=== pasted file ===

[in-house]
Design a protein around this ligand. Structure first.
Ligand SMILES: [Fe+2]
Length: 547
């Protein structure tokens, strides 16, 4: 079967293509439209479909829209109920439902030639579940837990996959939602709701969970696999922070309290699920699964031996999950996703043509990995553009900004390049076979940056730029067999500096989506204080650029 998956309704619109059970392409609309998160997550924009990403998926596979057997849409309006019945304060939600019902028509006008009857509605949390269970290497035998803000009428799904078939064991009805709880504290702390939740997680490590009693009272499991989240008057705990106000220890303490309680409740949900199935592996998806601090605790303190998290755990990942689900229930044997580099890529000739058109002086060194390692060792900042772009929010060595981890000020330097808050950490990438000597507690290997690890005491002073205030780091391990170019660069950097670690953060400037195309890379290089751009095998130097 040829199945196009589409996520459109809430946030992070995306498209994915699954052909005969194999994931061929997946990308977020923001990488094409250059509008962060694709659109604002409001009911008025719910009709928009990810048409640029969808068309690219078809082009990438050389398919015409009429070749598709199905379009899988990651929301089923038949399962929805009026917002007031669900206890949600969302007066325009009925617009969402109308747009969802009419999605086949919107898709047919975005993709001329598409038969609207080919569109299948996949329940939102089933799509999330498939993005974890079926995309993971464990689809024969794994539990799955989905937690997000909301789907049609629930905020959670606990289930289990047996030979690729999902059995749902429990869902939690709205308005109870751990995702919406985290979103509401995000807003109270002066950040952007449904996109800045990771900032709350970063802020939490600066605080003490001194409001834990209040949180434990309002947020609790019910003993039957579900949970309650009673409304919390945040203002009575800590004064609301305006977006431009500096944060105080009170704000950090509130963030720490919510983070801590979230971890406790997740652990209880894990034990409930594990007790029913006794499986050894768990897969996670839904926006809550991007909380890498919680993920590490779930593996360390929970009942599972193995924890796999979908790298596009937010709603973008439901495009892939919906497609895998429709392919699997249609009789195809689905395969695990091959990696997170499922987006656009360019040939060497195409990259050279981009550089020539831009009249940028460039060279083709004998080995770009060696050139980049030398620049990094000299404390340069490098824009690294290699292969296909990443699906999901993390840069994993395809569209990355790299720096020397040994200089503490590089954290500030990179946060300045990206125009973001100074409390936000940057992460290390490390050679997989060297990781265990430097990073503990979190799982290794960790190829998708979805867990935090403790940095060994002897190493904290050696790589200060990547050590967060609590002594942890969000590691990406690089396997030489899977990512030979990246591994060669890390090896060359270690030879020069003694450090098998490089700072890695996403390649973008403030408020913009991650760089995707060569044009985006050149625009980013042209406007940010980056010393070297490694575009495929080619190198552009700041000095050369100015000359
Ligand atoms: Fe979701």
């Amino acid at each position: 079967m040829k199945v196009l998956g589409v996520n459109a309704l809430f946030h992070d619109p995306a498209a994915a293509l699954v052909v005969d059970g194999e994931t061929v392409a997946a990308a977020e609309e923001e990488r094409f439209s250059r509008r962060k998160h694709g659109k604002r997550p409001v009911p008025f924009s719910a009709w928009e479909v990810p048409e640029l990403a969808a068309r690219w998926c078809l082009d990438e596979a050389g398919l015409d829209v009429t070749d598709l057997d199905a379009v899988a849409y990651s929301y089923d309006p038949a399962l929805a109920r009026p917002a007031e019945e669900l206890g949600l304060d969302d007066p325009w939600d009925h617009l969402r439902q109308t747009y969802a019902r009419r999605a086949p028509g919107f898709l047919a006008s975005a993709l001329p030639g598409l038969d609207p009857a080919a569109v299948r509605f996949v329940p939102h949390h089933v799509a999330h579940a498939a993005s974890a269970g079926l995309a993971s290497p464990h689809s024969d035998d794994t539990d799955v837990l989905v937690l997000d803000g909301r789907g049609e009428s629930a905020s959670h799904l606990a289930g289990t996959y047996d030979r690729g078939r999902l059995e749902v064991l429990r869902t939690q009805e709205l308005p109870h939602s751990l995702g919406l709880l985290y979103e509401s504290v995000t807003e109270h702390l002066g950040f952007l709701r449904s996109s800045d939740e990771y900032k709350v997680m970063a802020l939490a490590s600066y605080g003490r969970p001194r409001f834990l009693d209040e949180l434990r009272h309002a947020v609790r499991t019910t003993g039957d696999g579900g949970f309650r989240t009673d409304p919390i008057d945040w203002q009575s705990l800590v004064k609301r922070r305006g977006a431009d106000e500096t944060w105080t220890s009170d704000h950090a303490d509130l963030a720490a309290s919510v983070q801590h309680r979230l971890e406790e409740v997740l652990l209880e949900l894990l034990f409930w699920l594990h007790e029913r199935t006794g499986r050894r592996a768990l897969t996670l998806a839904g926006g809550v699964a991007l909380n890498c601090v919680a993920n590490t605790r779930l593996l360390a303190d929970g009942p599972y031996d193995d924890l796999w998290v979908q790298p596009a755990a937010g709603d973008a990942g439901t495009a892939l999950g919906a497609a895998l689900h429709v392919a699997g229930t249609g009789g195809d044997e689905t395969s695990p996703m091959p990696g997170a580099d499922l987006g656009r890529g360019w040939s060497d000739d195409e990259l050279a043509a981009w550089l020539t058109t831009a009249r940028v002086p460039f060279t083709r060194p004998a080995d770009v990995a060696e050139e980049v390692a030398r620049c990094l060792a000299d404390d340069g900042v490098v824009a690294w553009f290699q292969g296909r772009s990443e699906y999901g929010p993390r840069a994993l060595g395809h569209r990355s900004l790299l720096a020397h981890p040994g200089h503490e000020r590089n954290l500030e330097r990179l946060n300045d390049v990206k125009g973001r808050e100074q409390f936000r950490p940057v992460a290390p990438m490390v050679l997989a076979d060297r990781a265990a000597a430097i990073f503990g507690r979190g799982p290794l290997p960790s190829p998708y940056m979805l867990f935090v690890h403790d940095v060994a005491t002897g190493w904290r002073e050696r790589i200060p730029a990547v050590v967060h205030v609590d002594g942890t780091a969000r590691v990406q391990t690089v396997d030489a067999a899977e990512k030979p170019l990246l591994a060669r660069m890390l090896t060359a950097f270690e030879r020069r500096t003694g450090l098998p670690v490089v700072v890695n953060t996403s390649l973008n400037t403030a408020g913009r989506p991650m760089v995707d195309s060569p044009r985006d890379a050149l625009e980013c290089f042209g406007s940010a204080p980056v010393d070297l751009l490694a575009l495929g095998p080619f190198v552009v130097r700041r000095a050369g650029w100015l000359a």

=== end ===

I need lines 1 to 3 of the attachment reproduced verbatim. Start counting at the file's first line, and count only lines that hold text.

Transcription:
[in-house]
Design a protein around this ligand. Structure first.
Ligand SMILES: [Fe+2]